August 4, 2011 (updated April 1, 2020)
We hear the term daytrading get thrown around very loosely and it has come to mean the entering and exiting of the same trade in a short period of time or at least within the same day. In the stock market they are legally referred to as Pattern Daytraders and need a minimum account size of $25,000, but futures daytraders do not fall under this regulation and can open an account with as little as $3,000 ($500 for Micros). Also, in the news it is frequently used in reference to stock trading where its definition may not be as important, but when we talk about a daytrade in futures trading it is a very specific term and has significant ramifications on your allowed margins and therefore the number of contracts you can trade. Margin is the minimum amount of money you need to have in your account to be able to enter a position. At this point it is enough to say that margins on positions held overnight or past the market close generally have much higher requirements than trades just done as a daytrade, so it is important to understand exactly what qualifies as a daytrade. In order for a futures trade to qualify as a daytrade you must exit it before the market closes, which in the case of the Emini S&P (ES and MES) is 4:00p CDT.
So, if you buy an Emini S&P at 10:00am make sure you sell it before the market closes at 4:00p, and it is probably not a good idea to wait until the last second in case your clock is off or you have a computer issue. Although overnight margins are set in stone by the exchanges, daytrade margins can be set by your brokerage firm, which means the Emini S&P daytrade margin will vary from broker-to-broker.
Currently with ApexFutures the daytrade margin for the Emini S&P is $500 while the Chicago Mercantile Exchange or CME’s required position trade margin is $11,100, over twenty times as much. So, let’s say your account has $3,000 in it and you buy 2 Eminis, your daytrade margin requirement is $1,000 (2 X $500), therefore you have more than enough money to do that trade. As long as you sell the 2 Eminis before the market closes all is good, but let’s say you forget to exit the trade and 4:00p passes. Your trade is now considered a position trade and requires $22,200 (2 X $11,100) in margin, but you only have $3,000 in your account! So, you are now on a margin call and may get a nasty email and/or call from your broker stating you need to wire in the remaining $21,900 ($22,200 – $3,000) or exit the position. If you do this too many times your broker may revoke your daytrade margin privileges and require you to have the full margin even just for daytraders.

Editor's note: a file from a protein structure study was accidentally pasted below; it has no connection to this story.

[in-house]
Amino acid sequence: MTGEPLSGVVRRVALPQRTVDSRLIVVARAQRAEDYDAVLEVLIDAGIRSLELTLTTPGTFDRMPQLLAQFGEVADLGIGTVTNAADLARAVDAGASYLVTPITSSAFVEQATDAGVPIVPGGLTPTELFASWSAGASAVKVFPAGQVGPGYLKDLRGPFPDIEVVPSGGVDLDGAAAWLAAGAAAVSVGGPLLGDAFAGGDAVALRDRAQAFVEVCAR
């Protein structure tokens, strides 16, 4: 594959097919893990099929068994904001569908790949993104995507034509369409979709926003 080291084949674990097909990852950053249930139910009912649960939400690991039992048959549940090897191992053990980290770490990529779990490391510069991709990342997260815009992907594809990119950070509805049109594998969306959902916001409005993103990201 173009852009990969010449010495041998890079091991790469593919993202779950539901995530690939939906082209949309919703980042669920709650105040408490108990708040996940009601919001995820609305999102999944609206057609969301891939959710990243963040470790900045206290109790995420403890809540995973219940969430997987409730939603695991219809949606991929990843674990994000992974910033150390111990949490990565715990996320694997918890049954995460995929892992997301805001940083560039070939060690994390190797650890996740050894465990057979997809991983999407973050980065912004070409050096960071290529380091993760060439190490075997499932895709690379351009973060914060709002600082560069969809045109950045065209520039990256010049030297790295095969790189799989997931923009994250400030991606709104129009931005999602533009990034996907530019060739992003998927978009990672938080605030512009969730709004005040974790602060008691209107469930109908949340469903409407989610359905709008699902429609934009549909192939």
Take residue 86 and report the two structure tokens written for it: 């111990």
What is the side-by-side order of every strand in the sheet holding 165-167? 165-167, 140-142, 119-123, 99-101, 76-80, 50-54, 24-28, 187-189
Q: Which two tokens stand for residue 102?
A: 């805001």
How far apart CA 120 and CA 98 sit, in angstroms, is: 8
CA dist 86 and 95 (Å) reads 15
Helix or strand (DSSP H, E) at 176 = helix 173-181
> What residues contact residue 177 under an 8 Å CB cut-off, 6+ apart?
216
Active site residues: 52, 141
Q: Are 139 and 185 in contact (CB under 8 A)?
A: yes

Now you understand that it is important to get out of your positions by the close so, your next question might be when am I allowed to get back in and still qualify as a daytrade? With most firms, the answer is usually at or a little before the regular New York Stock Exchange opens which is 8:30a CDT. But, with the ApexTrader futures trading platform you can trade with reduced daytrade margins anytime the market is open as long as you get flat (out of your position) by the next market close. Except for Friday afternoons, the Emini S&P opens back up just 60 minutes after it closes and trades all the way until the next afternoon when it closes at 4:00p again. So, you can take advantage of the lower daytrade margins anytime the market is open, just be sure to be flat when the market closes at 4:00p CDT.
As an accounting note, any trades done after 4:00p are considered a part of the next days’ business and will show up on your brokerage statement as such. This totals 23 hours of trading after you take out the two closed sessions, that you are allowed to “daytrade” with ApexFutures. On Sunday the market reopens at 5:00p and will trade until the close of Monday at 4:00p. If you remember anything from this lesson it is to make sure you do not have a position going into the 4:00p close if you want to be using daytrade margins for the Emini.
Lower margins are not the only advantage to daytrading, most people would agree that doing a daytrade has many advantages over doing a position trade. The reasons are you may not be exposing yourself to possible violent moves overnight, gap openings and poor fills during less liquid times and will probably sleep better at night knowing that you do not have an open position. So, this is another good reason to not take a position “home with you.”
One warning I need to give you in regards to using lower margins and then trading more contracts is that obviously the more leverage you are using (the more contracts you trade per amount in your account) the wilder the swings in your account balance, this is a good thing when you are futures trading well, but a very bad thing when your are not. So, remember you do not have to trade the maximum allowable contracts that your daytrade margins allow, you should just trade what you are comfortable with and what makes good money management sense.